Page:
My youngest sister, Charlie, is getting married at the end of May. While this is an enormous event in my personal life, it wouldn’t matter much for the blog except for one small detail. For her bridal shower, my mother and former boss at the restaurant I worked at in high school crocheted dishcloths as favors for everyone who attended. Before using my homemade cloth, my attitude towards handmade dishcloths was something like, “Pffft. Who would spend all that time making something you’re going to clean a scuzzy sink with?” After using the cloth, however, I decided the effort was worth the reward. It’s so much sturdier and less prone to developing gym-locker scent than my store-bought, woven dishcloths. Who’d ‘a’ thunk?
I went a little crazy when I popped into A.C. Moore to buy some dishcloth yarn. First, my husband and I have been doing some food photography and crazy dishcloths have potential as props. Second, the yarn was on sale. Third, the colors were completely enchanting. I had a hard time forcing myself not to buy one of everything. 600+ yards makes more than enough dishcloths for a household of two people who don’t use more than two a week.
When I surfed over to Ravelry to find a pattern, I expected to find one or two iterations of basic patterns that everyone uses. I did not expect to find the wealth of really interesting designs that I did. Dishcloths, apparently, are a perfect trial ground for complex pattern stitches to be worked out on a project that can look like crap without hurting anyone’s feelings. They’re also a deliciously quick “finished project” fix. They’re also a source of some valuable lessons…even though the dishes won’t care, it is possible to screw up a dishcloth.
Anyway…here are the patterns I worked on and what I thought of them. (N.B. You may need to have a Ravelry account to view some of the links, but if you’re a knitter and you don’t have a free Ravelry account, you should get one anyway.)
This is the most common style of cloth I saw, pretty and simple. This pattern is easy to parse, though to be fair, if you can’t write this pattern understandably, writing patterns might not be your calling. Important lesson learned: Gauge matters. Not that it matters how big or small your gauge is, but it matters that you have square stitches, i.e., you should have the same number of rows and stitches per inch. If you don’t, you’ll end up with a diamond, like this:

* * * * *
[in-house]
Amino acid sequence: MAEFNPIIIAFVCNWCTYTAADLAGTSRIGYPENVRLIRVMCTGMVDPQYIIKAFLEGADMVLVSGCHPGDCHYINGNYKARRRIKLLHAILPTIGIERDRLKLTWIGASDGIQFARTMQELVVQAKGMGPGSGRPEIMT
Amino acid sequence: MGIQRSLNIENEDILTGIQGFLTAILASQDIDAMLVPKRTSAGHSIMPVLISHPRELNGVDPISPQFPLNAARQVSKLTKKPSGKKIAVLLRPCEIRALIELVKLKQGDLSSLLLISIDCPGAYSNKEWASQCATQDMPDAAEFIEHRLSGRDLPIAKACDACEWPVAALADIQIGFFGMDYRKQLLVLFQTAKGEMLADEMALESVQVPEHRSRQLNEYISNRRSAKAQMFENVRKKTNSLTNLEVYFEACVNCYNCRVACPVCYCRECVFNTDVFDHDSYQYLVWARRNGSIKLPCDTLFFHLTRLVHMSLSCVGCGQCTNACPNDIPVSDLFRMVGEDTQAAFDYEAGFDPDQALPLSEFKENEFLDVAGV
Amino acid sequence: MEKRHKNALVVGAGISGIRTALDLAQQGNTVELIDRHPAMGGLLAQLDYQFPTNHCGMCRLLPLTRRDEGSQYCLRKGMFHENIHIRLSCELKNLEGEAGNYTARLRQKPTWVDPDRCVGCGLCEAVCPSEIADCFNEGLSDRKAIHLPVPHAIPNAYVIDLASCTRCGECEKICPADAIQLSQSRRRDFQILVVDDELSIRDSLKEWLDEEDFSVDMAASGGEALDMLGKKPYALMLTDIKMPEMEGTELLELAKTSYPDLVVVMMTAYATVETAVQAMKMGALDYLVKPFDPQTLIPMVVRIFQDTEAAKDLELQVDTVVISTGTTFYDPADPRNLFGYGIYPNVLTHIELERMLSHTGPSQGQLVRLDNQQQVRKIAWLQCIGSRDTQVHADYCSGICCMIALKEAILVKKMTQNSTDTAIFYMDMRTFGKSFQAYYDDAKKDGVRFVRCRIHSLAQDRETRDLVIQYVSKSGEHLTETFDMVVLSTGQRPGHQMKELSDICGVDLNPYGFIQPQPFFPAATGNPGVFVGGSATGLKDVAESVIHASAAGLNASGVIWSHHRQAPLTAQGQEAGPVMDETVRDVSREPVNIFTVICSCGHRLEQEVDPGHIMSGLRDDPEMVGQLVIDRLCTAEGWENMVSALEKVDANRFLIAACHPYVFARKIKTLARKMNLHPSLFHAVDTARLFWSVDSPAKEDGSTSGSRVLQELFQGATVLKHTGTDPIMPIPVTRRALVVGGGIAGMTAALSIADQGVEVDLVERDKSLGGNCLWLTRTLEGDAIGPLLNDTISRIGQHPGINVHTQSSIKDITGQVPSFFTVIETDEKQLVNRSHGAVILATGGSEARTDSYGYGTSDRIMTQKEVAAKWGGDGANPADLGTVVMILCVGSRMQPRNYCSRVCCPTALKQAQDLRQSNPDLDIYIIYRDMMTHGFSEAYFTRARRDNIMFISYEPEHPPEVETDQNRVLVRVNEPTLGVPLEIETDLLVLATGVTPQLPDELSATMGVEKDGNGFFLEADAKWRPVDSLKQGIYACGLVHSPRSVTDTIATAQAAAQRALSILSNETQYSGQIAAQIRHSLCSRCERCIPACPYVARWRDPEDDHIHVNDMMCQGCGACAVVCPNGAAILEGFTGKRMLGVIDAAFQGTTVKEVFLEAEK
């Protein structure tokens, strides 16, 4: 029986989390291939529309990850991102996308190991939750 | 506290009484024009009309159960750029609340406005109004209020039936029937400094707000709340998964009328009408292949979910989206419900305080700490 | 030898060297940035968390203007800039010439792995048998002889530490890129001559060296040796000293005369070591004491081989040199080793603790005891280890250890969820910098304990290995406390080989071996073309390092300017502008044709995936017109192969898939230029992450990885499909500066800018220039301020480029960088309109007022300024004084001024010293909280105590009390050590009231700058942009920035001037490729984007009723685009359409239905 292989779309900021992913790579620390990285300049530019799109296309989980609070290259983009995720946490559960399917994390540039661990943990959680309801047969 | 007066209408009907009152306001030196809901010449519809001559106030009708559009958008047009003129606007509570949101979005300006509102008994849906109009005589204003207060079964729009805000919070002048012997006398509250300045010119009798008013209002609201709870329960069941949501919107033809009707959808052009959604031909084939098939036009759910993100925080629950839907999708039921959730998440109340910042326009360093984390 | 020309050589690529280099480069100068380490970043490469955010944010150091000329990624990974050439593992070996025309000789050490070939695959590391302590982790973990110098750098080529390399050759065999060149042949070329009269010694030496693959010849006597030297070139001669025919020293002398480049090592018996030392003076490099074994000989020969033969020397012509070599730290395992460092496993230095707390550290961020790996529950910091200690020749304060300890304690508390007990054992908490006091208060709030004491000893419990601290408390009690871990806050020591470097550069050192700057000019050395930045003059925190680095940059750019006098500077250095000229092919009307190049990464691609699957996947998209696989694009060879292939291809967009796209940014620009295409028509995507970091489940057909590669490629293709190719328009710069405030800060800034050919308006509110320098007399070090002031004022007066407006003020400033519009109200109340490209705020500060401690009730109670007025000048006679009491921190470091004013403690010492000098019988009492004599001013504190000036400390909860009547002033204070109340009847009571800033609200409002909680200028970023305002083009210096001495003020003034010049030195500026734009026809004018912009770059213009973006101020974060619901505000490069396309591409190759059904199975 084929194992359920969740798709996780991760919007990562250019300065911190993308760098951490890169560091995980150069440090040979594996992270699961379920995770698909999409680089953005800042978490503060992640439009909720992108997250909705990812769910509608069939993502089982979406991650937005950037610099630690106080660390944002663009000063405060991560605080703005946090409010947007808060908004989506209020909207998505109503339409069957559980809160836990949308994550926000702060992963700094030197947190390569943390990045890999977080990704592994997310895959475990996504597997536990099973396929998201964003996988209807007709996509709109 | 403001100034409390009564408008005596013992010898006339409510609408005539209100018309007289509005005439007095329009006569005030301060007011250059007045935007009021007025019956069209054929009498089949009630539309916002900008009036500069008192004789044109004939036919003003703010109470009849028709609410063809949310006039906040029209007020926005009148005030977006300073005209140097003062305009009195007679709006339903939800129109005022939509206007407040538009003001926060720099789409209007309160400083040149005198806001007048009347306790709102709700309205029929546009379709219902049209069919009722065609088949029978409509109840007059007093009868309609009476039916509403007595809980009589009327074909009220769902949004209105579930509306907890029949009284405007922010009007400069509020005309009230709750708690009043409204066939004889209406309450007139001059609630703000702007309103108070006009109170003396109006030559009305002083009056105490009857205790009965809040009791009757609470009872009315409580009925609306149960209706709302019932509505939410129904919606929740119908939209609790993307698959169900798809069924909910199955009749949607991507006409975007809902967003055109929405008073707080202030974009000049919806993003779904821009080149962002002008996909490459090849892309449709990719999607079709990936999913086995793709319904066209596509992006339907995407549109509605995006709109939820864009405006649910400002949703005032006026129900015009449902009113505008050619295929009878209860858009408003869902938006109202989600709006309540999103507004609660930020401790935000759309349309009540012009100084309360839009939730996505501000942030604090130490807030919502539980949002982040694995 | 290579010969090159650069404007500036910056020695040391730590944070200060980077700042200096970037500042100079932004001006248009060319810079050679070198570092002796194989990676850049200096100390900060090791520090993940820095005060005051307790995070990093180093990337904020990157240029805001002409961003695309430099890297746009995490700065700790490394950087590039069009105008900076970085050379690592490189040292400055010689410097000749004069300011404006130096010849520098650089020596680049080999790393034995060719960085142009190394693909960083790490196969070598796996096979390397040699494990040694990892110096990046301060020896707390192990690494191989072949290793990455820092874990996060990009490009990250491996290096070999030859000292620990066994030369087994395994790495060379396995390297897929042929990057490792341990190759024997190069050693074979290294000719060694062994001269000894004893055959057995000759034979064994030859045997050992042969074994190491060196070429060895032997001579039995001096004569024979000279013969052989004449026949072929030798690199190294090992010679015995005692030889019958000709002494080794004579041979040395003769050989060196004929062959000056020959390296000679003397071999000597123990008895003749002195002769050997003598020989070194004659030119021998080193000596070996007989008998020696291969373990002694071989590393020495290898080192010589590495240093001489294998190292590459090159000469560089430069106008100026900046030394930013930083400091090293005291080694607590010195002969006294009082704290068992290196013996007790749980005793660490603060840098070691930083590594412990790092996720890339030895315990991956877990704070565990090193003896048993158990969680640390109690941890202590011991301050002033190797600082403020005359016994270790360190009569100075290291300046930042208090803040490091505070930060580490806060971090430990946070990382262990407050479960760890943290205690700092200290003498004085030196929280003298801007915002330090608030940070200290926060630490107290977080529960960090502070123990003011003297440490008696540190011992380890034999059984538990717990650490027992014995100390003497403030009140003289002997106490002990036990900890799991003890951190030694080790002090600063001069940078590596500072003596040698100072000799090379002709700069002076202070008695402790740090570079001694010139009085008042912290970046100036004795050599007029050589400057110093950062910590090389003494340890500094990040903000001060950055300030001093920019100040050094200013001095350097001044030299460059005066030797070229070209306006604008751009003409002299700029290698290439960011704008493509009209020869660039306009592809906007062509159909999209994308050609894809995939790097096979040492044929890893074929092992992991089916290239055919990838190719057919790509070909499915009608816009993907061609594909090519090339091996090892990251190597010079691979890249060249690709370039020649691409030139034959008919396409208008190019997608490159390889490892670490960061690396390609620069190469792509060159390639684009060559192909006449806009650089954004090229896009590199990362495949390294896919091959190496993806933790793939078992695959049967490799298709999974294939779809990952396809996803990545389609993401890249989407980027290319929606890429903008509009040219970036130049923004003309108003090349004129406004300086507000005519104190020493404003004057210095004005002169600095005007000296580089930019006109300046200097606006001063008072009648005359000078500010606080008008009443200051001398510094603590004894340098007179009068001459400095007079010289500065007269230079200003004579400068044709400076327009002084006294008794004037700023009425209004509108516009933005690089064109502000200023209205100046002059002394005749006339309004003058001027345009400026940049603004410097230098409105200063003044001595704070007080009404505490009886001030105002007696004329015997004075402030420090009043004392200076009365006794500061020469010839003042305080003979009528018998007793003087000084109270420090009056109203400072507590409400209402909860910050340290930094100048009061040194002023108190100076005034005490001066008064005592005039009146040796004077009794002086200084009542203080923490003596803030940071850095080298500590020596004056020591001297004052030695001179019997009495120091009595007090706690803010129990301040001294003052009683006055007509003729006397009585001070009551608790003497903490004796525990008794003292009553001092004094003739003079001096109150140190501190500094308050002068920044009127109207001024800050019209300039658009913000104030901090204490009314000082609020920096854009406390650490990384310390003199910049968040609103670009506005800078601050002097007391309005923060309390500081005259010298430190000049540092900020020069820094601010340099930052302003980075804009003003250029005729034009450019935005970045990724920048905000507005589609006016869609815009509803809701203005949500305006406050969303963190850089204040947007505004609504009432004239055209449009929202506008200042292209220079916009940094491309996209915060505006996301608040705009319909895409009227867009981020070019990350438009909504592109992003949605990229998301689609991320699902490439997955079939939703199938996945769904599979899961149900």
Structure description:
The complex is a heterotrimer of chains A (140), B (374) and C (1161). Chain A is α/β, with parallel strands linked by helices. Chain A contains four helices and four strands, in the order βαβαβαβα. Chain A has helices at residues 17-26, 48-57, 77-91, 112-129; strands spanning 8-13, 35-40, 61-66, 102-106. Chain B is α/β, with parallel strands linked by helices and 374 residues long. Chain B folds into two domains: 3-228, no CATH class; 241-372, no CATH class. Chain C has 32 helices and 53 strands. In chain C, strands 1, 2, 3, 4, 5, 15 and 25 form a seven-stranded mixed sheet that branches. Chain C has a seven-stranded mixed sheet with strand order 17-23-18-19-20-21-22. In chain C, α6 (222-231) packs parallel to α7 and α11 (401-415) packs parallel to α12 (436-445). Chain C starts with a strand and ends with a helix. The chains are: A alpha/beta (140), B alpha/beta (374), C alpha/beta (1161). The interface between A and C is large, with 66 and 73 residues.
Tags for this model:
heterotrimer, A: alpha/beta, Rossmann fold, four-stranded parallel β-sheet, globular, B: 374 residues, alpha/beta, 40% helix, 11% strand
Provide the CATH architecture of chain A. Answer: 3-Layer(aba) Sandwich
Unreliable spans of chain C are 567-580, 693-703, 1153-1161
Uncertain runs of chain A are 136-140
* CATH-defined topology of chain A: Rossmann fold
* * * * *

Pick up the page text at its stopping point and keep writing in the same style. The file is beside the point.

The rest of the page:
I didn’t like this as much as the first, mostly because I hate binding off, and you end up binding off half the diameter of the perimeter of the darn thing. Same lesson applies as with cloth #1–square gauge = square cloth.
Although it seems to have been translated into English from French, this pattern was the most straightforward of the lot. It may become my go-to pattern, because there’s just enough to think about to make it interesting. Repeating the pattern stitch three times made for a large cloth (and possible not square, if the picture can be believed), so I made it a 2×2 repeat. The pattern is worked over a multiple of 15, with 4 stitches on each side for a garter stitch border. I’m going with a seed stitch border on the next one–I mildly loathe garter stitch.
Use loooong double-pointed needles for this–even with five, I kept dropping stitches off the end. The pattern is easy to follow. It’s also a hoot to make, but either I worked the binding off too tightly or my gauge was off, because this is really more of an quirky yarmulke than a dishcloth.
By far my favorite finished cloth, I will probably never make this again. For one thing, it’s just too darn pretty to use to clean anything, face or dishes. For another thing, it’s garter stitch, and I’d try reworking it for stockinette first. Be warned: the pattern is not especially clear and adds in some semi-useless information about the stitches in a uselessly confusing way. It is a great beginner project for lace and circular shaping through short rows, though, so I’d recommend giving it a whirl.
These only used up three of my six balls of yarn, so I may do a second part to this review sometime in the future. In the meantime, here are some patterns that I found particularly tempting and/or amusing…
An exercise in what looks like a new way of playing with color, for me anyway.
More lace and circular shaping that will probably be too pretty to actually use.
Because, honestly, shouldn’t a dishcloth be able to travel through time and relative dimensions in space?
And dishcloths should always point the way home…or something like that.
The pattern seems to have disappeared for this one, so I may assign myself the challenge of recreating it, just because those cables are cool. Like bowties.
If you know of any other supremely awesome patterns, by all means, toss some links up in the comments. I’m supposed to be working on a shaped, severely cabled sweater for myself, and quite frankly, dishcloths are proving to be delightful scary-sweater-avoidance fodder.